The U.S. Navy's Trident submarines are defenders of freedom, silent stalkers, and one of the most powerful weapons on the planet. And for 40 years, they've been residing in Puget Sound’s backyard.

The Navy's Ohio-class nuclear submarines are behemoths. They are nicknamed "boomers" and there are 10 of them based at Bangor. Each is armed with an undisclosed amount of Mark 48 Advanced Capability torpedoes.

“An adequate supply to defend the ship in all situations,” said Chief Ronald Skramstad, lead fire control chief petty officer on board.

Traveling at more than 28 knots, the submarines can be guided to a target at least five miles away. The main event is aimed at the sky. Eight of the subs are equipped with a massive nuclear arsenal; the other two are loaded with conventional weapons: 154 Tomahawk missiles that can rain down upon an enemy.

WATCH: Trident submarine by the numbers

What is a Trident sub?

At 560 long and 42 feet wide, the Ohio-class nuclear submarine is among the biggest in the world. It’s nearly as long as two football fields, or stood on end it’s almost as tall as Seattle’s Space Needle.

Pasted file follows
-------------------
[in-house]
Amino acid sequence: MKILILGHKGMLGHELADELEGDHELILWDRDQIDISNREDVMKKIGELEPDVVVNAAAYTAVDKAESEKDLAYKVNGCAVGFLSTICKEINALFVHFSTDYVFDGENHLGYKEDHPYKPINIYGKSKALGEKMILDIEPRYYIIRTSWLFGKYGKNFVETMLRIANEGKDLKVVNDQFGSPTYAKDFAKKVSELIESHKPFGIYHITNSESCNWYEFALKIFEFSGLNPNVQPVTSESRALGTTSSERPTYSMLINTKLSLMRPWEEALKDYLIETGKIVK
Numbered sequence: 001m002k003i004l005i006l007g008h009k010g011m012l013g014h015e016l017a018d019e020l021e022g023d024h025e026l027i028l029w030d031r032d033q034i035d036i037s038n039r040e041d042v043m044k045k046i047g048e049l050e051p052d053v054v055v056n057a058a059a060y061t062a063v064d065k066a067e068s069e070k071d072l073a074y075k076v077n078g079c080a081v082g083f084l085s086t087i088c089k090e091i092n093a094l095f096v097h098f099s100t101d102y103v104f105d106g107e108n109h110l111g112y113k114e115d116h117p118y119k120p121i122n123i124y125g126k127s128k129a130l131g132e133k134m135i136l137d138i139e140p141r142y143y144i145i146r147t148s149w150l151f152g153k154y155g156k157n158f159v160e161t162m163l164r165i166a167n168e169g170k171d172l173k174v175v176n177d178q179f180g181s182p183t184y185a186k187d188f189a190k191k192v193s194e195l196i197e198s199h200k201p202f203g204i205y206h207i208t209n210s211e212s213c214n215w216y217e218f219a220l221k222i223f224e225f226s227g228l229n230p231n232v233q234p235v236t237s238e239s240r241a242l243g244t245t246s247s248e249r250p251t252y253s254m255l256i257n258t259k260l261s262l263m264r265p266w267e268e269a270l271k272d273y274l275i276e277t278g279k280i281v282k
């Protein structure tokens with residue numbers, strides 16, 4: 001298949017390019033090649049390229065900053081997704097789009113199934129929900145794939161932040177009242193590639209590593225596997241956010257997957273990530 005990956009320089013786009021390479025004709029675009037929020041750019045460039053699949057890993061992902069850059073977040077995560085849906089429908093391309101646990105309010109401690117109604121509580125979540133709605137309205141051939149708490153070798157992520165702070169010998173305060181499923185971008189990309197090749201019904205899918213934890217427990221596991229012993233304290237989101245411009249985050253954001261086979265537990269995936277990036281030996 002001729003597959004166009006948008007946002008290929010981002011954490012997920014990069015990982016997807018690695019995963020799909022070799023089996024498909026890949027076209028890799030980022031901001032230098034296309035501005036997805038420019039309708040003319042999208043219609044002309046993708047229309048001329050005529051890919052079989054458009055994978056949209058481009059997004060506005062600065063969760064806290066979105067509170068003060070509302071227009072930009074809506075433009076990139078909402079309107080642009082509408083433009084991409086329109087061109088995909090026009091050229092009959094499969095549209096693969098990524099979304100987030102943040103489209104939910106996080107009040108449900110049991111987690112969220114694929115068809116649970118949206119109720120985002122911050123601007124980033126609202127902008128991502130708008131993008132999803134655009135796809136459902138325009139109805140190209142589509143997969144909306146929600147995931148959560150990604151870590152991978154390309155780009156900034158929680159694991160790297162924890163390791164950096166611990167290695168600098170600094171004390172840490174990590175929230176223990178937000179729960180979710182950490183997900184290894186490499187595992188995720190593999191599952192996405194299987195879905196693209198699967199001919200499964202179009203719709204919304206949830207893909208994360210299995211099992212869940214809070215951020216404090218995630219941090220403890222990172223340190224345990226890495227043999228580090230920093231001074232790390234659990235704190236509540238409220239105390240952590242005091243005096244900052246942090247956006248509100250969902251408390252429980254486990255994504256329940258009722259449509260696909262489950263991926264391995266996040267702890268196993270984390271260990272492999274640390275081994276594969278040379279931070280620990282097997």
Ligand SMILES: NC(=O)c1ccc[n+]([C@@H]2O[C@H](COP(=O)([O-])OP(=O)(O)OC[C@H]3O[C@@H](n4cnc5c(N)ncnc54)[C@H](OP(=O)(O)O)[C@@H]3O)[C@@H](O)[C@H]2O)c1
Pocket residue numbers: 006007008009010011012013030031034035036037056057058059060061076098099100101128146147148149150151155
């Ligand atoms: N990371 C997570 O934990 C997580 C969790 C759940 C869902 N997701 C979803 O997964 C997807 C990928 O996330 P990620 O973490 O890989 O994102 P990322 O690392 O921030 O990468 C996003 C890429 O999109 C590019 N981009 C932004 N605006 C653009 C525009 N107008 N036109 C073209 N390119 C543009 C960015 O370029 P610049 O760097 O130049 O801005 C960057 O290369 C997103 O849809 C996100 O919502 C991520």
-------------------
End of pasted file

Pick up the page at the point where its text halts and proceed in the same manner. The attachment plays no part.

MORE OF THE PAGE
The giant sub checks in at more than 33 million pounds.

A nuclear reactor fuels this underwater titan for 20 years between refuelings. Its range is limited only by the amount of food it can carry for its crew – usually 15 officers and about 140 enlisted.

The silent sub can travel undetected to a depth of 800 feet officially armed with a plethora of Mark 48 Advanced Capability torpedoes, each 19 feet long and 3,700 pounds, that can be fired from four separate tubes and guided to their target in excess of five miles.

But the main event is pointed at the sky: 20 trident long-range ballistic missiles measuring 44 feet long and seven feet wide that can be fired while submerged. Each comprises a three-stage rocket that can propel it through the sky at nearly four miles per second. With a range of more than 4,600 miles, they deliver a powerful payload, each armed with eight separate nuclear warheads that can independently be guided to multiple targets.

The mere thought of that is enough to make any foreign enemy think twice about starting trouble.

Life on board

The life of a submariner (pronounced sub-muh-reen’-er in the U.S. Navy) is not for everyone. You live and work in cramped quarters much of the time with long periods of no natural light. A deployment is not a pleasure cruise.

"Really our mission is nuclear deterrence," said Blue Crew Commander Kenneth Roman.

There are two crews for every submarine, the Blue Crew and the Gold Crew. While one has control of the sub the other is on shore leave or in training. That ensures subs are not in port any longer than they need to be. Instead, they’re stealthily traveling the globe, ready to keep the peace.

trident submarine inside
Quarters are cramped on board a Trident submarine.

Each deployment runs about three-and-a-half months with more than two months of that at sea.